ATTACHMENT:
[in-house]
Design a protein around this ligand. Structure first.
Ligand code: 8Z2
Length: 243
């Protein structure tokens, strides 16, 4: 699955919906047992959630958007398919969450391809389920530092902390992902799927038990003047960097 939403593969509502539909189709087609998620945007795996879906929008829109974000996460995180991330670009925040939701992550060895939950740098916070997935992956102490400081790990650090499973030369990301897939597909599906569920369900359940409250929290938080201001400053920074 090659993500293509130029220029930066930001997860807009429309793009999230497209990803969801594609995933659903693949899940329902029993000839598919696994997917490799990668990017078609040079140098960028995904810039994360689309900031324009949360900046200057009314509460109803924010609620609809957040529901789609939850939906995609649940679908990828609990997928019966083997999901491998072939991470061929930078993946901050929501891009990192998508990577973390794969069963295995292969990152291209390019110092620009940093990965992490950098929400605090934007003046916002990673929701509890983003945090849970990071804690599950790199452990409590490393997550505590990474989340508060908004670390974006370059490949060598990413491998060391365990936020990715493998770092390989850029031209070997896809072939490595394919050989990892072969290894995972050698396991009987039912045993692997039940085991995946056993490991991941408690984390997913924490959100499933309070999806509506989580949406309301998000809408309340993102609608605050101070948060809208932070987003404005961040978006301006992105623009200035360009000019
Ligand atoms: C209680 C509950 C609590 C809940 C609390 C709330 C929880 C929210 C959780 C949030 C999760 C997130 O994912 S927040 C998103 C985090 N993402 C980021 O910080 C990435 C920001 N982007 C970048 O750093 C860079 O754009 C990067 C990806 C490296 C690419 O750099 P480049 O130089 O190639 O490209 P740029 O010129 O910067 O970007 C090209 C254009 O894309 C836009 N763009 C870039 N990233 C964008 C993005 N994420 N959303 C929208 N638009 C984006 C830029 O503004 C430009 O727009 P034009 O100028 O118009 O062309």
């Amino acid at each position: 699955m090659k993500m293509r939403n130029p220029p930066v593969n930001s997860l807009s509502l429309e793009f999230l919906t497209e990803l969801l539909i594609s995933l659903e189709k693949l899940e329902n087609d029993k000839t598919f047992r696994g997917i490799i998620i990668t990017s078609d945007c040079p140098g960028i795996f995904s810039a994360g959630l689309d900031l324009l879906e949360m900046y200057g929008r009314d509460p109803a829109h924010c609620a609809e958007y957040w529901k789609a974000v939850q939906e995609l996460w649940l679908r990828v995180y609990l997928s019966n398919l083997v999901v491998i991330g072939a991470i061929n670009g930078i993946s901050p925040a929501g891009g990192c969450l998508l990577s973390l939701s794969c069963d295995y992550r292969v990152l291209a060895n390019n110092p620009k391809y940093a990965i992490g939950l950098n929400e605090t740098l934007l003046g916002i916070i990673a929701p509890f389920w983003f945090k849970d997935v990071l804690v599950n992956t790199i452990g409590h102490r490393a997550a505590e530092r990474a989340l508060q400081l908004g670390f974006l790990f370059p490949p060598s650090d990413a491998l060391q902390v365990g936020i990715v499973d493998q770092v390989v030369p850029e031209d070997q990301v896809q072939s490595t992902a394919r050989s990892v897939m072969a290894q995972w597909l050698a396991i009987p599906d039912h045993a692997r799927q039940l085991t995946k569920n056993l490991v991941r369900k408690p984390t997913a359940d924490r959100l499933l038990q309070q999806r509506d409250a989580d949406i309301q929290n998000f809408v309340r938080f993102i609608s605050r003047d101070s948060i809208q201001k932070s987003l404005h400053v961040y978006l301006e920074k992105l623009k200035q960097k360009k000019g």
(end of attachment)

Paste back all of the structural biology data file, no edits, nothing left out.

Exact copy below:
[in-house]
Design a protein around this ligand. Structure first.
Ligand code: 8Z2
Length: 243
């Protein structure tokens, strides 16, 4: 699955919906047992959630958007398919969450391809389920530092902390992902799927038990003047960097 939403593969509502539909189709087609998620945007795996879906929008829109974000996460995180991330670009925040939701992550060895939950740098916070997935992956102490400081790990650090499973030369990301897939597909599906569920369900359940409250929290938080201001400053920074 090659993500293509130029220029930066930001997860807009429309793009999230497209990803969801594609995933659903693949899940329902029993000839598919696994997917490799990668990017078609040079140098960028995904810039994360689309900031324009949360900046200057009314509460109803924010609620609809957040529901789609939850939906995609649940679908990828609990997928019966083997999901491998072939991470061929930078993946901050929501891009990192998508990577973390794969069963295995292969990152291209390019110092620009940093990965992490950098929400605090934007003046916002990673929701509890983003945090849970990071804690599950790199452990409590490393997550505590990474989340508060908004670390974006370059490949060598990413491998060391365990936020990715493998770092390989850029031209070997896809072939490595394919050989990892072969290894995972050698396991009987039912045993692997039940085991995946056993490991991941408690984390997913924490959100499933309070999806509506989580949406309301998000809408309340993102609608605050101070948060809208932070987003404005961040978006301006992105623009200035360009000019
Ligand atoms: C209680 C509950 C609590 C809940 C609390 C709330 C929880 C929210 C959780 C949030 C999760 C997130 O994912 S927040 C998103 C985090 N993402 C980021 O910080 C990435 C920001 N982007 C970048 O750093 C860079 O754009 C990067 C990806 C490296 C690419 O750099 P480049 O130089 O190639 O490209 P740029 O010129 O910067 O970007 C090209 C254009 O894309 C836009 N763009 C870039 N990233 C964008 C993005 N994420 N959303 C929208 N638009 C984006 C830029 O503004 C430009 O727009 P034009 O100028 O118009 O062309």
């Amino acid at each position: 699955m090659k993500m293509r939403n130029p220029p930066v593969n930001s997860l807009s509502l429309e793009f999230l919906t497209e990803l969801l539909i594609s995933l659903e189709k693949l899940e329902n087609d029993k000839t598919f047992r696994g997917i490799i998620i990668t990017s078609d945007c040079p140098g960028i795996f995904s810039a994360g959630l689309d900031l324009l879906e949360m900046y200057g929008r009314d509460p109803a829109h924010c609620a609809e958007y957040w529901k789609a974000v939850q939906e995609l996460w649940l679908r990828v995180y609990l997928s019966n398919l083997v999901v491998i991330g072939a991470i061929n670009g930078i993946s901050p925040a929501g891009g990192c969450l998508l990577s973390l939701s794969c069963d295995y992550r292969v990152l291209a060895n390019n110092p620009k391809y940093a990965i992490g939950l950098n929400e605090t740098l934007l003046g916002i916070i990673a929701p509890f389920w983003f945090k849970d997935v990071l804690v599950n992956t790199i452990g409590h102490r490393a997550a505590e530092r990474a989340l508060q400081l908004g670390f974006l790990f370059p490949p060598s650090d990413a491998l060391q902390v365990g936020i990715v499973d493998q770092v390989v030369p850029e031209d070997q990301v896809q072939s490595t992902a394919r050989s990892v897939m072969a290894q995972w597909l050698a396991i009987p599906d039912h045993a692997r799927q039940l085991t995946k569920n056993l490991v991941r369900k408690p984390t997913a359940d924490r959100l499933l038990q309070q999806r509506d409250a989580d949406i309301q929290n998000f809408v309340r938080f993102i609608s605050r003047d101070s948060i809208q201001k932070s987003l404005h400053v961040y978006l301006e920074k992105l623009k200035q960097k360009k000019g």